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Tiffany served in the Army for ten and a half years. While she was in the Army, she was a logistician and she deployed to Iraq twice. She had to overcome adversity many times throughout her military career. She left the military with her master’s degree using Tuition Assistance while on active duty and this past December graduated with her second master’s degree using her GI Bill. Tiffany decided to join the military because she felt lost and didn’t know what she wanted to do. Although she had been a good student in high school, she didn’t want to have her parents pay for college without her knowing what she wanted to do. So, she decided to join the Army. After she had committed to the Army the one school she had applied to came back with a scholarship upon her acceptance. She was hoping she could get out of her military commitment and go to college instead. But her parents told her she had already committed to the Army and needed to fulfill her commitment. So off to boot camp she went.
Not long after being in the Army, she deployed to Kuwait for the initial invasion of Iraq.
While waiting for the invasion to take place they were in Iraq and a Non-Commissioned Officer told her that they were waiting to go to war. She couldn’t believe it. It seemed like someone would have told her before it. It wasn’t until she saw the scud missiles in Iraq that everything came together and she realized she might not come home. As they pushed into Iraq, she expected they would enter the war and there would be firefights and bullets. But crossing the border was uneventful and instead, their days were full of driving. They were always hot, always dirty, and almost always on the move. They lived in their vehicles and kept pushing forward.
About a year and a half after she deployed to Iraq she went back to Iraq.
This time there were camps built up and since she went back to almost the same location, she could see how much change had happened since she had left. In 2003 you had your vehicle and your uniform, but it wasn’t like that the second trip. There were showers, you had a room, there were internet cafes, tents to call home, and more. Another big change between 2003 and 2005 was how the war was being fought. They hadn’t seen a lot of combat in their first-round while they had been looking for landmines in 2003. In 2005, Improvised Explosive Devices, suicide bombers, and convoy ambushes were a real threat. The war had evolved. The threat was amplified. She watched the evolution of the war. As the military tried to respond to the threat. Going from Humvees with no armor to trying to armor the Humvees, but sometimes causing more damage and having sandbags as protection. The war progressed in such a way and eventually, the military was able to create a vehicle that added more protection. And if you have ever seen a side by side comparison of a Humvee and a Mine Resistant Ambush Protection (MRAP) vehicle you can understand why the change was so important and necessary to fight the war.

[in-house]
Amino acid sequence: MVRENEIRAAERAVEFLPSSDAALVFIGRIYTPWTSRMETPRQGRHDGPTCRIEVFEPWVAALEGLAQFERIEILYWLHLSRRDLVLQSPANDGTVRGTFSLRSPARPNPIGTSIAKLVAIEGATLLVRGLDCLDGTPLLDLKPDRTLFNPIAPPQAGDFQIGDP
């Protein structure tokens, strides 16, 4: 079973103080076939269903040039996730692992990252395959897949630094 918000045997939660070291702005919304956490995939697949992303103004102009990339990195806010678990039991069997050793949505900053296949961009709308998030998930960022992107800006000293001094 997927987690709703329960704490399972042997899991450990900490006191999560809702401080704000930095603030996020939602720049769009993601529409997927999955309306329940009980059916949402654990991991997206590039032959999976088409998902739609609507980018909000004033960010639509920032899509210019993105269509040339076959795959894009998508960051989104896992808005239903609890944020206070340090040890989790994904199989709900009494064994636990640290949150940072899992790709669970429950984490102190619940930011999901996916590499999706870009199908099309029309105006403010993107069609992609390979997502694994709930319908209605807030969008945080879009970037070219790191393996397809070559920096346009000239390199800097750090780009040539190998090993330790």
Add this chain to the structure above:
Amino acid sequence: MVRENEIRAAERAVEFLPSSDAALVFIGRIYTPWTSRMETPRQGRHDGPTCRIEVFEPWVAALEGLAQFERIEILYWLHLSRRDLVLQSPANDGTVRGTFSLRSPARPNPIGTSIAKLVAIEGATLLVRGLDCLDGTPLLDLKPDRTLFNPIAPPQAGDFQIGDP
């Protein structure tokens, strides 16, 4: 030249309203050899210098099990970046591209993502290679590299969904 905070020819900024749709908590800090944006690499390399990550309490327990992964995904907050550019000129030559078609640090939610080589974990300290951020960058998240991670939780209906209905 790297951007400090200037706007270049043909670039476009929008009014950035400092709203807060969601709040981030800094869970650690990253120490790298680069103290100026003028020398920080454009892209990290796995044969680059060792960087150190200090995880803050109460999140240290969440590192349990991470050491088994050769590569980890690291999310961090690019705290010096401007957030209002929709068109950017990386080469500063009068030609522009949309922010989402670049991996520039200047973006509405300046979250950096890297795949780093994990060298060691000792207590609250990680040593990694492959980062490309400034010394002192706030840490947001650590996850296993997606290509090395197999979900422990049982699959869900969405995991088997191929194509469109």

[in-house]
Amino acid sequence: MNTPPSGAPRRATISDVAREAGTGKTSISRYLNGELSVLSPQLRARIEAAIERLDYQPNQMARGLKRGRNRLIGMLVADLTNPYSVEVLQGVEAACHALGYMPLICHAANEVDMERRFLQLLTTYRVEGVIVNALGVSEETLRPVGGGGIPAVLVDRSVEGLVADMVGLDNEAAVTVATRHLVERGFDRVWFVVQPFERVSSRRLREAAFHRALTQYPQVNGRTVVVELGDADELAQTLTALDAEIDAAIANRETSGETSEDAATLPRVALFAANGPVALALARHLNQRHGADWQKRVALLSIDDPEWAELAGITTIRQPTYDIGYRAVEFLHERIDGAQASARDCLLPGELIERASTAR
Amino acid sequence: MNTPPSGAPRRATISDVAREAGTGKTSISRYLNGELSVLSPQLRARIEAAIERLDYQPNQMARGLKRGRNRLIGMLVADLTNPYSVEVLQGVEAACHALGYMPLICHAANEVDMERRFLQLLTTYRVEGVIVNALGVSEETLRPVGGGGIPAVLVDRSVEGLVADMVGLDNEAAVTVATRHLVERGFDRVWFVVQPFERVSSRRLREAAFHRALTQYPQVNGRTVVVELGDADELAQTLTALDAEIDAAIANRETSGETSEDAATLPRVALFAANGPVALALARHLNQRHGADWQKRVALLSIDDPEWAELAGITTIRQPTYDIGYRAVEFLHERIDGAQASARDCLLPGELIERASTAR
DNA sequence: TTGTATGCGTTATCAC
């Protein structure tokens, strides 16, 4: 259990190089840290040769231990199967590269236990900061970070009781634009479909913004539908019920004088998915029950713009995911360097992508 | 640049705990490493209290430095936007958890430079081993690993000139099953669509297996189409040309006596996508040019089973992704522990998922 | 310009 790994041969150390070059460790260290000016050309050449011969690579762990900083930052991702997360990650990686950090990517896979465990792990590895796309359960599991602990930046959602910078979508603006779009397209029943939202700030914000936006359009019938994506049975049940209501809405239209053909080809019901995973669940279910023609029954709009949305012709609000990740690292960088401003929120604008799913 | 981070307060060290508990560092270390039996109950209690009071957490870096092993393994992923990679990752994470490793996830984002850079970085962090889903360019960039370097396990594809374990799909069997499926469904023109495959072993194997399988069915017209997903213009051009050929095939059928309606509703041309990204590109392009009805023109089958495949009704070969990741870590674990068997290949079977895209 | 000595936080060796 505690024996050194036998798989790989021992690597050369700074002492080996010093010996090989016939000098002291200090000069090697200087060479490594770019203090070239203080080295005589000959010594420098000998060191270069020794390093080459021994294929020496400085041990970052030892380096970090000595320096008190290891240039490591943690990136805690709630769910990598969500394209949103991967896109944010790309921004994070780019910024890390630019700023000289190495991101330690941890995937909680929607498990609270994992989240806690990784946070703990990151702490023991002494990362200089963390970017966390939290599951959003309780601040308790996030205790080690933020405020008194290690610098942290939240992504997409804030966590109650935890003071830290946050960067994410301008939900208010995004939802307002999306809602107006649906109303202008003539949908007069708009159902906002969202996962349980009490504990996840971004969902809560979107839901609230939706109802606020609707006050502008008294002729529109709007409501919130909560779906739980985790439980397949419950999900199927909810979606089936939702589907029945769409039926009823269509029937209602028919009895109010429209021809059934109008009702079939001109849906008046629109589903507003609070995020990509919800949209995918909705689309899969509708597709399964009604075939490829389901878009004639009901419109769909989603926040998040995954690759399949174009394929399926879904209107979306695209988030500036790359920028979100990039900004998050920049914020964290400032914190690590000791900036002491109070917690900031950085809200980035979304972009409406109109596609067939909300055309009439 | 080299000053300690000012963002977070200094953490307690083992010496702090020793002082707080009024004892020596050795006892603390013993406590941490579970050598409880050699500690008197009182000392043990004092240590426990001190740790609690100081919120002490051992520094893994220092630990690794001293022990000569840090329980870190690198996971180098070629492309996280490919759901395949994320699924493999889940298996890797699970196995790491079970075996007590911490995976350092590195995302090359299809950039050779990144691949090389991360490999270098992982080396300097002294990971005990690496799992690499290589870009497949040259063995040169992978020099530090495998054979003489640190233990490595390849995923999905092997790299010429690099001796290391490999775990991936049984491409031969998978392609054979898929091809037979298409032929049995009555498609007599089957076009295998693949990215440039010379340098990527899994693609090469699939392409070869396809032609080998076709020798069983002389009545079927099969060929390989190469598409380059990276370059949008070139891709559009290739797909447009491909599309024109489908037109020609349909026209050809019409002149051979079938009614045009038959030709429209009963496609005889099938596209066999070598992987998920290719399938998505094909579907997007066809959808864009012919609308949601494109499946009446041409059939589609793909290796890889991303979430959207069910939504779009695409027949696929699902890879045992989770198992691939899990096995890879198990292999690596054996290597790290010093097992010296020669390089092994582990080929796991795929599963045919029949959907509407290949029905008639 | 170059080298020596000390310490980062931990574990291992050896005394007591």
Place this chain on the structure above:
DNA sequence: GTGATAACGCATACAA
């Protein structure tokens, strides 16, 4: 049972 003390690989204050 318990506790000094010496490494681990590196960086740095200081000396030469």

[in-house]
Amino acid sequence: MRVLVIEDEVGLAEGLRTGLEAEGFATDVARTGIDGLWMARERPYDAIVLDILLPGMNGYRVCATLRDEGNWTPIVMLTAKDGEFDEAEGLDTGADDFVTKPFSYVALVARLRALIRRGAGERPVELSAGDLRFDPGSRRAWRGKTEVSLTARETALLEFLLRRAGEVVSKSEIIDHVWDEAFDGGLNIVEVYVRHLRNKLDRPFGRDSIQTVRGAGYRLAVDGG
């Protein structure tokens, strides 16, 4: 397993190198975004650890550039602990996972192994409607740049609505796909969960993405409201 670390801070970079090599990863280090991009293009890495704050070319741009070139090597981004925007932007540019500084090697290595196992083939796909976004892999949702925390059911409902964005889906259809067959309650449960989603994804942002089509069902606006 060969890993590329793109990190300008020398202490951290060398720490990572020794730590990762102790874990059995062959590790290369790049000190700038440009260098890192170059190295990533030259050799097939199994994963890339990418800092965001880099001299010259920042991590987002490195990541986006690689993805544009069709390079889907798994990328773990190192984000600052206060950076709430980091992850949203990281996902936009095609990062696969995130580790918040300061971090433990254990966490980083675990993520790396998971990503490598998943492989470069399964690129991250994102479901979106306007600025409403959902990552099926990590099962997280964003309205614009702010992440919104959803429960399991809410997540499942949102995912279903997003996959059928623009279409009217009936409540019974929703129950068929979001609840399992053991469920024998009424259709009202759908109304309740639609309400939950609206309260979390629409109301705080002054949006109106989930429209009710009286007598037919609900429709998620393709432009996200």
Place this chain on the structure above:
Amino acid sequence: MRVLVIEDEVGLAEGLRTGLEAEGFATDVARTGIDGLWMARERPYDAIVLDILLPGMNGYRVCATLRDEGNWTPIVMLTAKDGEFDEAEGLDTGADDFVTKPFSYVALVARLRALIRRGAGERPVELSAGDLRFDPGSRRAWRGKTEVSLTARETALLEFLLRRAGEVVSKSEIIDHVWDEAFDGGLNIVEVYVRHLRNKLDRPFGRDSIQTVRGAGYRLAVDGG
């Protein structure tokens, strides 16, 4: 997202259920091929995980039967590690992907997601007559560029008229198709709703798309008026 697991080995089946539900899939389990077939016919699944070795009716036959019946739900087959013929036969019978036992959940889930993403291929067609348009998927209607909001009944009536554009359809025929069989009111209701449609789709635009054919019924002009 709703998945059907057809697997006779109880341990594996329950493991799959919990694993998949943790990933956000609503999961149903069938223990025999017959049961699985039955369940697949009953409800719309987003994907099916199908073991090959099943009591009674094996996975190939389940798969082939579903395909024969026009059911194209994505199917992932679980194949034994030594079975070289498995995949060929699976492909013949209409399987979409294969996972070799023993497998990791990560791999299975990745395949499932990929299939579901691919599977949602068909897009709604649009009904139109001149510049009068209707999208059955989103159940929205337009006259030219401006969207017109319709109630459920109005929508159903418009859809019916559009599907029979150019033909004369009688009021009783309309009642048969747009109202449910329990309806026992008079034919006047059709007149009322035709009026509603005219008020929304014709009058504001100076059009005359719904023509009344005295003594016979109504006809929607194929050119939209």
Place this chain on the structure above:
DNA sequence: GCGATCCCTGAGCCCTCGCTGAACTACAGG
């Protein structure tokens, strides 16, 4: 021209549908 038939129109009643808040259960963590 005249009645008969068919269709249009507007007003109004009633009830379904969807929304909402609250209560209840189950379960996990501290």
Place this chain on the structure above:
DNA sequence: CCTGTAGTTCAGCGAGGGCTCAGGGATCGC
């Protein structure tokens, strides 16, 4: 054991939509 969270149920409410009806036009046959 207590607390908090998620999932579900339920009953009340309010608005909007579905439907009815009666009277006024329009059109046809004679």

Another challenge she faced was a helicopter crash where she didn’t allow herself to grieve. She really struggled for years after the incident happened. Although she wasn’t on the helicopter flight, she was part of the unit and knew the people who died. She felt guilty for living and she felt guilty for struggling with the deaths of the people she knew who passed. We talked about the importance of getting mental health help along the way and for military members to process all the different experiences they go through. It may have happened years ago, but if you are struggling you can and should get help.